If your ideal city break destination is packed with romantic waterways, heaps of attractions and stunning architecture, then Budapest is the city for you! The Hungarian capital city is young and vibrant and has an enviable classical music scene. Actually comprised of two cities; Buda (west) and Pest (east), the Danube River provides the separation. And the Danube River, Buda Castle Quarter and Andrássy Avenue trilogy have earnt a coveted UESCO World Heritage Listing. Budapest is also one of the cheapest citybreak destinations in the world!
Journey along the romantic Danube River
Flowing from Germany’s Black Forest to the Black Sea in Southern Europe, is the mighty Danube. Meandering through ten countries including Hungary, the serene waterway allows for a romantic cruise. Travellers can opt for a multi-day trip or just a one hour sunset cruise that takes in the key sights along the banks of the UNESCO listed Danube. Buda and Pest come to life and those with itchy feet can journey to Vienna and Bratislava along the Danube. Watch the video below for an insight.
Explore the Budapest Castle District
Within Hungary there are eight World Heritage Sites, one of which is the combined site of the Danube, Buda Castle Quarter and Andrássy Avenue. The exquisite Buda Castle and palace complex contains a wealth of must-see sights such as the Royal Palace (Királyi Palota), Matthias Church, traditional medieval houses, Fishermen’s Bastion and intriguing museums, all set within quaint streets. The Royal Palace was originally constructed in the 13th century but has had many newer additions following World War II, where it was destroyed by fire. The Castle Hill district offers superb views over the river and of Pest.
Enjoy the parks on Margaret Island
In northern Buda lies pretty Margaret Island, which offers peace and calm away from the city. With lush flower gardens, majestic old trees, meandering pathways and well-maintained paths, this is the perfect chill-out spot for all the family. The island is connected to Budapest city by two bridges either side of the shaped island, which is in the middle of the Danube. And at 2.5km, there’s enough space to walk and cycle for half a day.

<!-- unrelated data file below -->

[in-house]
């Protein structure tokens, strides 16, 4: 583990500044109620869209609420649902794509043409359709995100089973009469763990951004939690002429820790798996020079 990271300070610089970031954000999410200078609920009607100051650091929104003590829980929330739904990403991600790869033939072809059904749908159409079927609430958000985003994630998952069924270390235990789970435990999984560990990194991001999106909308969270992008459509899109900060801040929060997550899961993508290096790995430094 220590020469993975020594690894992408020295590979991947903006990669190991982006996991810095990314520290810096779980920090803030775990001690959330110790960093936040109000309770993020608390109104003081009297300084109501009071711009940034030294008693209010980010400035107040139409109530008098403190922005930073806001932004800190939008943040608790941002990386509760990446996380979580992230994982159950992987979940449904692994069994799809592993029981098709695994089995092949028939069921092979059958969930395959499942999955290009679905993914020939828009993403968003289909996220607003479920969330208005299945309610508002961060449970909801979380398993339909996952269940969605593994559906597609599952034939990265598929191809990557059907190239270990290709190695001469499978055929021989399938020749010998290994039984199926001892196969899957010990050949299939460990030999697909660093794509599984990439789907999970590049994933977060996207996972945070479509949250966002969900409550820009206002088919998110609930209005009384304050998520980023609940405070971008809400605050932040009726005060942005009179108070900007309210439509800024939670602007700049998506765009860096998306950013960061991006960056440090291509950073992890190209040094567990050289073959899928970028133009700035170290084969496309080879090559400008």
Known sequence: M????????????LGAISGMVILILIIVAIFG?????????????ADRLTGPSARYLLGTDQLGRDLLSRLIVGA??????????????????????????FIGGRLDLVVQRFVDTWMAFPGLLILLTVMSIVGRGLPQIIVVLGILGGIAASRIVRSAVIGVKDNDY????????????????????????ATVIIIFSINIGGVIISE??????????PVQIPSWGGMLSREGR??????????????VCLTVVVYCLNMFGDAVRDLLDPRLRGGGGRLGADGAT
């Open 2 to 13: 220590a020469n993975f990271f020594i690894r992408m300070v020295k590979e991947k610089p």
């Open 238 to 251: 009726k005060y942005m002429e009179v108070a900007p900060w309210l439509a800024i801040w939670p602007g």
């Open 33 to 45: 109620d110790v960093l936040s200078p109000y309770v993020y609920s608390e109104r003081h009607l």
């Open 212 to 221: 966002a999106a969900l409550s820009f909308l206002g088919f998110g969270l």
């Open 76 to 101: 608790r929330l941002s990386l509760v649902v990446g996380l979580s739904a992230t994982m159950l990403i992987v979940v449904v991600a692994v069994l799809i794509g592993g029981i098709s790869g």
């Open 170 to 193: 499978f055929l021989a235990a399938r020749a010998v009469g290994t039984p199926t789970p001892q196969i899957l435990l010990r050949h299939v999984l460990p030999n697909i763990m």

Discover Buda’s Museums
There are a clutch of interesting museums and galleries located within Buda, such as the Museum of Óbuda located within Zichy Castle that has an array of local history exhibits. Fine arts are on display at the Museum Kiscell, whose Baroque complex was originally constructed for monks. And the Béla Bartók Memorial House is dedicated to the late great Hungarian composer, with a large house brimming with objects, as well as a well-tended garden.
Walk Budapest’s Jewish Quarter
Take a thought-provoking walking tour of the Jewish Quarter which is packed with unique heritage and historical sights. The Raoul Wallenberg Memorial Park honours the man who prevented the deportation of Jews during World War II. The Tree of Life pays respects to the 5,000 people that lost their lives during the Holocaust. The Temple of Heroes is a small synagogue that commemorates the Jewish soldiers that fought in World War I. Also on the tour are the Rumbach Synagogue which was designed by Otto Wagner and opened in 1872 and the Kazinczy Street Synagogue which is the second largest synagogue in the world, after New York. The Great Synagogue can hold 3,000 people and underwent a massive renovation in the 1990s. Also stop by the Shoes on the Danube Memorial, which is a sombre memorial to those Jews that were shot into the Danube at the time of World War II.
Explore Downtown Pest
The Downtown region of Pest is dominated by the Parliament building, which is the biggest in Europe! Modelled on the London version, this is where the crown jewels are stored. Tours are free for EU passport holders. Rivalling the parliament for sheer size is the Greek-cross shaped St. Stephen Cathedral which features many ornate mosaics, including that of Christ’s resurrection. Also stop by the Ethnographic Museum which looks like Berlin’s parliament and is home to some interesting exhibits beneath the ornate frescoes.
Stroll the Andrássy Avenue
The Andrássy út boulevard is part of the UNESCO World Heritage inscription and lies within Pest. Built in 1872, it runs from Erzsébet Square to Városliget and is a Budapest landmark. Built to replicate the Champs-Élysées in Paris, this is the city’s main shopping district and is lined with restaurants, boutiques and theatres, such as the State Opera House.